HR one of worst offenders when it comes to age discrimination

I appreciate your coverage on the upcoming age discrimination laws, as I feel the HR profession has a few things to learn and apply to its own recruitment practices.

When I was 30, I had no trouble getting interviews. When I was 40, it became noticeably more difficult. Now I am 50, it seems almost impossible.

In the past 18 months, I have sent out about 250 CVs to recruiters, about 50 direct to employers, and have applied for more than 150 advertised jobs.

CVs to agencies have resulted in a 60% acknowledgement rate, but have only resulted in about five meetings. CVs to companies have a similar response rate, but I have not been invited for interview for any of the jobs I have applied for. The replies are predictable: “We have had an overwhelming response to our advertisement and there are other candidates who more closely match our requirements.”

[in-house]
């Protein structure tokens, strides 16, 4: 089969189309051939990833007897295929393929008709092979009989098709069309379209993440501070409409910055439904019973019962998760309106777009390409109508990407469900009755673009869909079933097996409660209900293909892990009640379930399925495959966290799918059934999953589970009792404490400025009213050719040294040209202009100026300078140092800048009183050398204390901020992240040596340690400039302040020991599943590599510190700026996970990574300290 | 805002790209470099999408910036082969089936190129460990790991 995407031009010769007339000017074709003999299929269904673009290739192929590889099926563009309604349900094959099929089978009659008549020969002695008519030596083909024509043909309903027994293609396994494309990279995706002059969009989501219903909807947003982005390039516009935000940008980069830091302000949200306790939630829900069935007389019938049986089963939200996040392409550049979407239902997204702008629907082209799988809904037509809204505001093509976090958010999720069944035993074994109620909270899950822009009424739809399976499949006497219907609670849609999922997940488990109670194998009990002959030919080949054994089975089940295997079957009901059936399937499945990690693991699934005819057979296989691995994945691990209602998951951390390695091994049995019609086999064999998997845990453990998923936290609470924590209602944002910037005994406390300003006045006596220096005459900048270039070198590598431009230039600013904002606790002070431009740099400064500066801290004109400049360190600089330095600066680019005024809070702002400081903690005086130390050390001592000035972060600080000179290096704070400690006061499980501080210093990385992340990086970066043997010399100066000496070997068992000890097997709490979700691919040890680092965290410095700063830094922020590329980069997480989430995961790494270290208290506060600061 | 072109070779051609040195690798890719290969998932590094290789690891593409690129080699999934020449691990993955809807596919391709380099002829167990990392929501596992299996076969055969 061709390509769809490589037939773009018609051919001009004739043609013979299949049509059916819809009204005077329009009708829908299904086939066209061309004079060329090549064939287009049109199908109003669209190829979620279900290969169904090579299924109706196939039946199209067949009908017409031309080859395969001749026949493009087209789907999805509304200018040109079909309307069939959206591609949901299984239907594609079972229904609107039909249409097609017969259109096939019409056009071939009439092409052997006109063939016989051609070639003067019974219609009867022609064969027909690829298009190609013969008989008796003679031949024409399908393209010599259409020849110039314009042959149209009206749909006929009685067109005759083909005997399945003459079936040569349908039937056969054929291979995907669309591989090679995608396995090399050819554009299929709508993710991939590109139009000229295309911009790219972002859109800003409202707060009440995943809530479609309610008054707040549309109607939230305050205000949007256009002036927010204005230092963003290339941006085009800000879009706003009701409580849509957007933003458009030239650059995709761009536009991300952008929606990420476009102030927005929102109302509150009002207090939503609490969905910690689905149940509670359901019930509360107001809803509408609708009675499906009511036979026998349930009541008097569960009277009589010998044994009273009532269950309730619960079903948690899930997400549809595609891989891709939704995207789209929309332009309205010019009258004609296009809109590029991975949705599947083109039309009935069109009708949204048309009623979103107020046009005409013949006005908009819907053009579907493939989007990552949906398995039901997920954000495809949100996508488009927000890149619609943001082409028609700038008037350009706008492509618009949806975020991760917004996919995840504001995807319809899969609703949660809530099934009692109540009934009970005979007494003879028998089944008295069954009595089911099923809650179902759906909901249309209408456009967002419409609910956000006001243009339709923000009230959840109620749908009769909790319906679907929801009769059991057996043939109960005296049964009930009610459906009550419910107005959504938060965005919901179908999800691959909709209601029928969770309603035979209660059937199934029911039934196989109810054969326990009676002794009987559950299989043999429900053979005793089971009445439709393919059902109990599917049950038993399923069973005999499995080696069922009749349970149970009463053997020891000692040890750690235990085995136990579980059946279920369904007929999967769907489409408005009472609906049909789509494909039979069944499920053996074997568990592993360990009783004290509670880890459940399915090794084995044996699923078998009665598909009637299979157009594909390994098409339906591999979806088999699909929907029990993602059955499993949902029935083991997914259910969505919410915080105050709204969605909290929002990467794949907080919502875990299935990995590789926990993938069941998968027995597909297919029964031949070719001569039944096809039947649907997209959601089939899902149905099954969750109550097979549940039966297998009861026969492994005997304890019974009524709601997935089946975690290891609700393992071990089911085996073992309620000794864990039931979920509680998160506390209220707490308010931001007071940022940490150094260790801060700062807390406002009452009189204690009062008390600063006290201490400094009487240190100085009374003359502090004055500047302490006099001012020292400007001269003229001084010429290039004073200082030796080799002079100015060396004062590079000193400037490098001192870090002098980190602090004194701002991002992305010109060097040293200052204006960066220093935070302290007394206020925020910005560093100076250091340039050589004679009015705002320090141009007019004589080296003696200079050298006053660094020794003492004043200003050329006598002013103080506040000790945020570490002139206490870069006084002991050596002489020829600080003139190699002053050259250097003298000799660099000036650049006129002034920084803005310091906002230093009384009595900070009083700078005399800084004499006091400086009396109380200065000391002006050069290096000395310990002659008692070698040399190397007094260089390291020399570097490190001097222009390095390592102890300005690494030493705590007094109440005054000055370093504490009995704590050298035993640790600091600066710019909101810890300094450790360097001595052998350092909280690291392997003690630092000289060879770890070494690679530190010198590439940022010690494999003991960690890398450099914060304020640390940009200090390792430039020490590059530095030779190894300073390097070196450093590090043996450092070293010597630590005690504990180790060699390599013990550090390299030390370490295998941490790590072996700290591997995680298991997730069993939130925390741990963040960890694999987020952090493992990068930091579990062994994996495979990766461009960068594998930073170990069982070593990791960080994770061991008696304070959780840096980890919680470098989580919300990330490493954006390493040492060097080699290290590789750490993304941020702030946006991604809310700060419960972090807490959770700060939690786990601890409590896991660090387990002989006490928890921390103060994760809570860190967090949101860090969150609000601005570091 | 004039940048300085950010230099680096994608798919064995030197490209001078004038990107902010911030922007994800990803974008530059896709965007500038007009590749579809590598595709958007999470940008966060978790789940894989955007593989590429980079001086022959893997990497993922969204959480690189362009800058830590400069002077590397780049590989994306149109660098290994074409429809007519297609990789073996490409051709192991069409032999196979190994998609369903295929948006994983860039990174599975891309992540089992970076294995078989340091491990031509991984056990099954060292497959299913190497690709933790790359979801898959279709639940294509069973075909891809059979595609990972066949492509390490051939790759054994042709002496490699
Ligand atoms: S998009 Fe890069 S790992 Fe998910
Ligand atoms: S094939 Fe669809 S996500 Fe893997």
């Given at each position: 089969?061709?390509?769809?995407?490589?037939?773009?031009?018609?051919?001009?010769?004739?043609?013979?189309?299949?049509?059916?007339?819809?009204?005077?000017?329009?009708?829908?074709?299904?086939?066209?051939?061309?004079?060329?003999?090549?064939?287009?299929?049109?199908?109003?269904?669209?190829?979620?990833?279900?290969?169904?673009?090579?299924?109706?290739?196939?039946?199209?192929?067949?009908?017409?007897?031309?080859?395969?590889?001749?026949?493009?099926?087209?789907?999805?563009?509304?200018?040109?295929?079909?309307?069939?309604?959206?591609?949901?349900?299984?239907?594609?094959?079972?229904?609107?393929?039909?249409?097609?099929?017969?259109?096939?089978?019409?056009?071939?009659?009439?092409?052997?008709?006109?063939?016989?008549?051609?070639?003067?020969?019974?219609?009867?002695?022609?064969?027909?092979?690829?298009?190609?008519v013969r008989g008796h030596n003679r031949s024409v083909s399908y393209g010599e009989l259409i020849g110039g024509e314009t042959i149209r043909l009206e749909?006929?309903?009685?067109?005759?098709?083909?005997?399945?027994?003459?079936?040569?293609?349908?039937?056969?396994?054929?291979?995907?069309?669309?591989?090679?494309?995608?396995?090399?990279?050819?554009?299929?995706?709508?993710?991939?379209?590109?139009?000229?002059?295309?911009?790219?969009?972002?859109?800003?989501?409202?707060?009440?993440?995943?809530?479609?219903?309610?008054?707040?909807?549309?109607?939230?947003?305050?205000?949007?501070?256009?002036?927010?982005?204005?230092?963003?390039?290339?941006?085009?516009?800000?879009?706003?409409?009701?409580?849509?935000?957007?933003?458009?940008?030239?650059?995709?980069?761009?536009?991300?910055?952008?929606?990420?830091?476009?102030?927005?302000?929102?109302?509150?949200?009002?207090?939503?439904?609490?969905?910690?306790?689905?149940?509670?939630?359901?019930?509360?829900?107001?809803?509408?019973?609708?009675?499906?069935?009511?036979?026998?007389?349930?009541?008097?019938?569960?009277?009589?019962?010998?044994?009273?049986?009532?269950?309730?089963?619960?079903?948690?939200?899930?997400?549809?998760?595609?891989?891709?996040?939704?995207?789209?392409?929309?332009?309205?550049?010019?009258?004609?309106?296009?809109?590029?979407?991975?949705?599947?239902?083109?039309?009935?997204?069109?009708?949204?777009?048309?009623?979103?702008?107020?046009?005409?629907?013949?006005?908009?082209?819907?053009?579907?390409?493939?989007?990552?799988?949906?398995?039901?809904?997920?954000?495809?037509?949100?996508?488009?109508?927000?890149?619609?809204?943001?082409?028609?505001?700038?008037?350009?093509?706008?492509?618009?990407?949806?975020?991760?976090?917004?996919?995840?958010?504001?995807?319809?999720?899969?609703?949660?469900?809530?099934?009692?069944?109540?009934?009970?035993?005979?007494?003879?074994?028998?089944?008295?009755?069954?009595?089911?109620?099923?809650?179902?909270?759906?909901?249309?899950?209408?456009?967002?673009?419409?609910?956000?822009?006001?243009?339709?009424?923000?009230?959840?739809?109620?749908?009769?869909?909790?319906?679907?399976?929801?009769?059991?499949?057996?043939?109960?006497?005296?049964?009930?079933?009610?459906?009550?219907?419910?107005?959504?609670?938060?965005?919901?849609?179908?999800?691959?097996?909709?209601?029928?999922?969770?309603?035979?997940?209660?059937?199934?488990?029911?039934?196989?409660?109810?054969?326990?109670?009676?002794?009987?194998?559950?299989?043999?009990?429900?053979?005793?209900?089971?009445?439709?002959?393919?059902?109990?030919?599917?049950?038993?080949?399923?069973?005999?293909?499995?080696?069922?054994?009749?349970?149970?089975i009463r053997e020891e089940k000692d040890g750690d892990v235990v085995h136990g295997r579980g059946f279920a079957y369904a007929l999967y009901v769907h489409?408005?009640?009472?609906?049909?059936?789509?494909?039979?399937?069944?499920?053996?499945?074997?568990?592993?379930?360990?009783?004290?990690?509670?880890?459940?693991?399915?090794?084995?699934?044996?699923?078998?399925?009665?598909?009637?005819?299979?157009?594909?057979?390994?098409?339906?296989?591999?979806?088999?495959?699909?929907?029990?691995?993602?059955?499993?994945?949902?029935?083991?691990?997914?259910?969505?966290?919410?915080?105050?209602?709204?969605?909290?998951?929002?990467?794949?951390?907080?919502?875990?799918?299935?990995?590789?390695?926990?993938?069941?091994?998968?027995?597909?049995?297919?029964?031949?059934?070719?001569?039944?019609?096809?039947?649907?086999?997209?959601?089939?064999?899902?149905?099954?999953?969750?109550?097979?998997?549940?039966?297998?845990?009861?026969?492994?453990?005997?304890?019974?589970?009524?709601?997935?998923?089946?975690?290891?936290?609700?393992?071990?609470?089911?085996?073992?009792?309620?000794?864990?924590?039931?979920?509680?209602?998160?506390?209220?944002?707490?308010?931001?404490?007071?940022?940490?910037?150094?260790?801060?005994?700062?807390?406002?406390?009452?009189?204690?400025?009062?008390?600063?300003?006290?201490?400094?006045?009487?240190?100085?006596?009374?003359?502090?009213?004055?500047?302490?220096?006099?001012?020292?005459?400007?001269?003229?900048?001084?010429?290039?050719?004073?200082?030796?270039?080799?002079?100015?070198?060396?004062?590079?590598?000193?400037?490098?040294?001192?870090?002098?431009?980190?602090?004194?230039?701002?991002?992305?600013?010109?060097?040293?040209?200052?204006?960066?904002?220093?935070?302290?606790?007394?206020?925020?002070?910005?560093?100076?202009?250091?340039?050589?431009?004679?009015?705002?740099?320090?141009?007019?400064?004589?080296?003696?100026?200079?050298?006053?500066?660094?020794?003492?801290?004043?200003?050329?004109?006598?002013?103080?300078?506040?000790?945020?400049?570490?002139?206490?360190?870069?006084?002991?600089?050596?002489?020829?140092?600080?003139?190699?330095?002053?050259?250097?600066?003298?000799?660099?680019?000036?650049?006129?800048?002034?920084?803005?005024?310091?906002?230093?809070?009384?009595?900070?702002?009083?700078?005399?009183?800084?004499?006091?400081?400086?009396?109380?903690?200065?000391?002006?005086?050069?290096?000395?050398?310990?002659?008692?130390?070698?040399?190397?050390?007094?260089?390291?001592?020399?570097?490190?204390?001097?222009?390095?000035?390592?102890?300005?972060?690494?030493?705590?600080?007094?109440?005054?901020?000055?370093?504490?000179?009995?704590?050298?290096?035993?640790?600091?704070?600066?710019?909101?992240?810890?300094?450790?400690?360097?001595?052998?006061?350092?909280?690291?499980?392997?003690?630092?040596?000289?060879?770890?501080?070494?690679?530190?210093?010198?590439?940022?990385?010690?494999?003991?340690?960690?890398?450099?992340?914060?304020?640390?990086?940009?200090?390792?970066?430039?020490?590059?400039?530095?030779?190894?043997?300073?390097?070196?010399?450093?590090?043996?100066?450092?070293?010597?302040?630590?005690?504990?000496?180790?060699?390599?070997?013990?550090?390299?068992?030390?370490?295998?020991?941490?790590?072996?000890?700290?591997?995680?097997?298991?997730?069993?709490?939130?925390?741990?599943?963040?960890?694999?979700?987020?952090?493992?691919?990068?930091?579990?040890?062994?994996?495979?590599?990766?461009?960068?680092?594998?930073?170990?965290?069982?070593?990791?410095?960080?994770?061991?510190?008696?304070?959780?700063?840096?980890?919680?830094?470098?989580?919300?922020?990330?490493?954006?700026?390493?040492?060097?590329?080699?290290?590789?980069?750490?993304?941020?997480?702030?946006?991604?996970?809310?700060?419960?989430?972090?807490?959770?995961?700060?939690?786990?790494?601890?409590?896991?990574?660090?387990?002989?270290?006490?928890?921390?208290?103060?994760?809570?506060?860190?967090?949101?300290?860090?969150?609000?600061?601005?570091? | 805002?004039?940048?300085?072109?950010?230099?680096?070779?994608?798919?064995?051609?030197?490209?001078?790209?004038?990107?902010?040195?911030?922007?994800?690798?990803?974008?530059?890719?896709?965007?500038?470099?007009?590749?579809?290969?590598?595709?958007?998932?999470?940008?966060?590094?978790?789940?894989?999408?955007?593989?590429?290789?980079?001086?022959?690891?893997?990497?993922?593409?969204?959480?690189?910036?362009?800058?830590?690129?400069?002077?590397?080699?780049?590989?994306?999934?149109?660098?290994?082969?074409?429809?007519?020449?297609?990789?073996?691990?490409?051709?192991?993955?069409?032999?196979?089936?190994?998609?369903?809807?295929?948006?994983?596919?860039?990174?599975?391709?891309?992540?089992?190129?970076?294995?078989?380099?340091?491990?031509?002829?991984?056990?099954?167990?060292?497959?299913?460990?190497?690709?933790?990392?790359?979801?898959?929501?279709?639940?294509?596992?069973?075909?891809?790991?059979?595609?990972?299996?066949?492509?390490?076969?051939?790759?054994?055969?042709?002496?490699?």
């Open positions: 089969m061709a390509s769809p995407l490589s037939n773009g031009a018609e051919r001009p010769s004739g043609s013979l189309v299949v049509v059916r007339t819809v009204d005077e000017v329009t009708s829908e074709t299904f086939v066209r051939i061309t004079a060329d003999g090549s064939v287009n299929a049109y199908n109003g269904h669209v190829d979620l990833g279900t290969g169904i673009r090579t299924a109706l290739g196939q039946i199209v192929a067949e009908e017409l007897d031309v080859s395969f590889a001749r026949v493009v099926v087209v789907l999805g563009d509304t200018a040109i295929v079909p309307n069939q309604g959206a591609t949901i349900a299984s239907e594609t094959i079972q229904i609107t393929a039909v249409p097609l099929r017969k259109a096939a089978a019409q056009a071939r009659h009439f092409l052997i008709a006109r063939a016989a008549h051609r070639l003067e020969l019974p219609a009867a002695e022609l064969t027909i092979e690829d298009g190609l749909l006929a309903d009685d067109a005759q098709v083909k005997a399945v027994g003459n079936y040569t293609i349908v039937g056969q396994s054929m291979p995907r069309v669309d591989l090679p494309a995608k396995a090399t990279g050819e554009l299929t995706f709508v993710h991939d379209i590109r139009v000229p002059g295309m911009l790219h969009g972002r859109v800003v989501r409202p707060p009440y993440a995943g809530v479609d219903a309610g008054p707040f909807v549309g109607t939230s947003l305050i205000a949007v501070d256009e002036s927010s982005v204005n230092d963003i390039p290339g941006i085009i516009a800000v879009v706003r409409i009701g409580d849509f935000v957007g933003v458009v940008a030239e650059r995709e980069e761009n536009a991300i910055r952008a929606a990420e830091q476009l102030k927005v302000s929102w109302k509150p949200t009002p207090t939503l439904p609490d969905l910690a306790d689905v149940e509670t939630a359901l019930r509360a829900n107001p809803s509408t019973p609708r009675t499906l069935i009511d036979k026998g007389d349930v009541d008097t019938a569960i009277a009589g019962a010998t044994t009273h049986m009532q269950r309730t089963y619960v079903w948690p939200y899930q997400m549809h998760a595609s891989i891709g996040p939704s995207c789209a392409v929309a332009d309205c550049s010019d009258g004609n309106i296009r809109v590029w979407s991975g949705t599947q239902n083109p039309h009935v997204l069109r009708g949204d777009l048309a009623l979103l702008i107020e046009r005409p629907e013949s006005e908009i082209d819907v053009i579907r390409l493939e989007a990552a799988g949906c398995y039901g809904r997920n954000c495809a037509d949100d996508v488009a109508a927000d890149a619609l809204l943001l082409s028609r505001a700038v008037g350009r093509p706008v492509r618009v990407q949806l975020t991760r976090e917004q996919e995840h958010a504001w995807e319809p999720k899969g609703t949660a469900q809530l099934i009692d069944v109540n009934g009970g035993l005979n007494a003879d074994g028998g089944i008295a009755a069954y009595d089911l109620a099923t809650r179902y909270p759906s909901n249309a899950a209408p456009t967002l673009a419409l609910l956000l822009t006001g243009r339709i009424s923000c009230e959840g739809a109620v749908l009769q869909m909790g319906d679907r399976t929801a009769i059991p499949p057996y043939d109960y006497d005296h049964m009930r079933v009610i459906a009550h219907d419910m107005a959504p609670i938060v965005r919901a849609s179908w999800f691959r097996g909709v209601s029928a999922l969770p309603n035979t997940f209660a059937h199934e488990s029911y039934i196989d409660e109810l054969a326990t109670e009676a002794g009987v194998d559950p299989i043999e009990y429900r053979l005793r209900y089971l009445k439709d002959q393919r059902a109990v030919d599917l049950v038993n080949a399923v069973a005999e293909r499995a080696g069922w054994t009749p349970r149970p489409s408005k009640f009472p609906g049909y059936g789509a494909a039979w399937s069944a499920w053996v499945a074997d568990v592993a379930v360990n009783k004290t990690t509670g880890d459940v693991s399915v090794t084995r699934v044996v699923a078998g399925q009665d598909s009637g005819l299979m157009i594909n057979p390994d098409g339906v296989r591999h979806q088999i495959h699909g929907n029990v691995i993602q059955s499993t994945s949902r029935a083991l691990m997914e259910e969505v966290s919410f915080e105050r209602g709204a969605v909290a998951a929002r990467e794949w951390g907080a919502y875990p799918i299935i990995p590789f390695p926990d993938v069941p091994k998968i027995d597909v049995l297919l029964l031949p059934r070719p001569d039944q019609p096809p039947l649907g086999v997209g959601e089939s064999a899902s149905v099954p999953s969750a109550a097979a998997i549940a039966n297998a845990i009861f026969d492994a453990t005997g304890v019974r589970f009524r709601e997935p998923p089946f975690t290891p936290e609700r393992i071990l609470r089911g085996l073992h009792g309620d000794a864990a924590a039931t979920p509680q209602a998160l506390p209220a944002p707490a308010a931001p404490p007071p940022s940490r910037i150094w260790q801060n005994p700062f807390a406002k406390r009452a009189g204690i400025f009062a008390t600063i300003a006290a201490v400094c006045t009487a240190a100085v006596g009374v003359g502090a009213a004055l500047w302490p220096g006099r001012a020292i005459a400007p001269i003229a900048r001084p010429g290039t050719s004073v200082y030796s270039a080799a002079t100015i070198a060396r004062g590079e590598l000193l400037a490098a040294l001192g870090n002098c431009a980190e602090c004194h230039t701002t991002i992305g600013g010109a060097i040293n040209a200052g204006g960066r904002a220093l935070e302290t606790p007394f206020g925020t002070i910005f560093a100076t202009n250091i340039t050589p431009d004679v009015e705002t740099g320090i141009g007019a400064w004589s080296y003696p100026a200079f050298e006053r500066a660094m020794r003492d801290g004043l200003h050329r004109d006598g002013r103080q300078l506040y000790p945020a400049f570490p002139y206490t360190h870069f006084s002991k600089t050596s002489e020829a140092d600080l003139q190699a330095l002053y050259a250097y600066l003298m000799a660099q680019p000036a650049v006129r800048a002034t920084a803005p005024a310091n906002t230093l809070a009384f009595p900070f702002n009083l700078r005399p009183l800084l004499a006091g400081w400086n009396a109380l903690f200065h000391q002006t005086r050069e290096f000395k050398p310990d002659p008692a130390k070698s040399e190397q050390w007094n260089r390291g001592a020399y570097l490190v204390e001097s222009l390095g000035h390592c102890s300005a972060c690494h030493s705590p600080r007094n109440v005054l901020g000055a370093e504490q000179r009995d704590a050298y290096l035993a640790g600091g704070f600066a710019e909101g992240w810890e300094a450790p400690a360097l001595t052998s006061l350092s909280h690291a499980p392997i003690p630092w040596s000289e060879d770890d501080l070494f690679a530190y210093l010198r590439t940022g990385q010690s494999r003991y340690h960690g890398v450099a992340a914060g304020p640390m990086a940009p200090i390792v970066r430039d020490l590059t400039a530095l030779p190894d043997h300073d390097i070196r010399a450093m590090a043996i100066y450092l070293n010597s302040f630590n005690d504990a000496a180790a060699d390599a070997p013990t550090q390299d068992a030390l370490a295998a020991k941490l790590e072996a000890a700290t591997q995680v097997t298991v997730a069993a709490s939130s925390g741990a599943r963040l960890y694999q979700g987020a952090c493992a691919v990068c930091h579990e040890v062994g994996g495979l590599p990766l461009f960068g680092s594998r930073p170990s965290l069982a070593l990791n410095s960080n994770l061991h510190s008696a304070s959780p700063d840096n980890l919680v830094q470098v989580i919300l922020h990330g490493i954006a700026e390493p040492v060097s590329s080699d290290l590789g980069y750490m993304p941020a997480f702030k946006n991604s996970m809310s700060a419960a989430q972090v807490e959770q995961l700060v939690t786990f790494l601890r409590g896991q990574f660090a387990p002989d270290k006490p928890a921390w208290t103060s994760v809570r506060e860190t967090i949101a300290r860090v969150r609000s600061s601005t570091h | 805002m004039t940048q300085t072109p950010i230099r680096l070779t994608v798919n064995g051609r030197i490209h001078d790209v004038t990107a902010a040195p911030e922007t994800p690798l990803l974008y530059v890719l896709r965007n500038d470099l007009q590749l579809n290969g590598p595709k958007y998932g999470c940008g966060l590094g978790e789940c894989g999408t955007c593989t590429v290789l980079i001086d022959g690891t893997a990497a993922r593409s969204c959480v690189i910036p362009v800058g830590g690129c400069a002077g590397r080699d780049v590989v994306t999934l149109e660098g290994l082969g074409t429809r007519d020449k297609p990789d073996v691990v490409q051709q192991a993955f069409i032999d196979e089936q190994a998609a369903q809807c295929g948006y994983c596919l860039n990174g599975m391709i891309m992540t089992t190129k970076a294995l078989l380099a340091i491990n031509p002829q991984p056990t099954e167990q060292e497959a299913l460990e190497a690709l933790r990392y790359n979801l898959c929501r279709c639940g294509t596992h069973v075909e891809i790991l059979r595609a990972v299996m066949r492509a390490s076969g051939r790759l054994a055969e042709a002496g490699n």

About a week ago, I received a reply saying: “Unfortunately, X is not in a position to help you with your job search at this stage of your career.”

There are about three recruiters who contact me on a regular basis, but it’s clear that HR is one of the worst professions when it comes to discrimination.

Geoff Evans
HR professional

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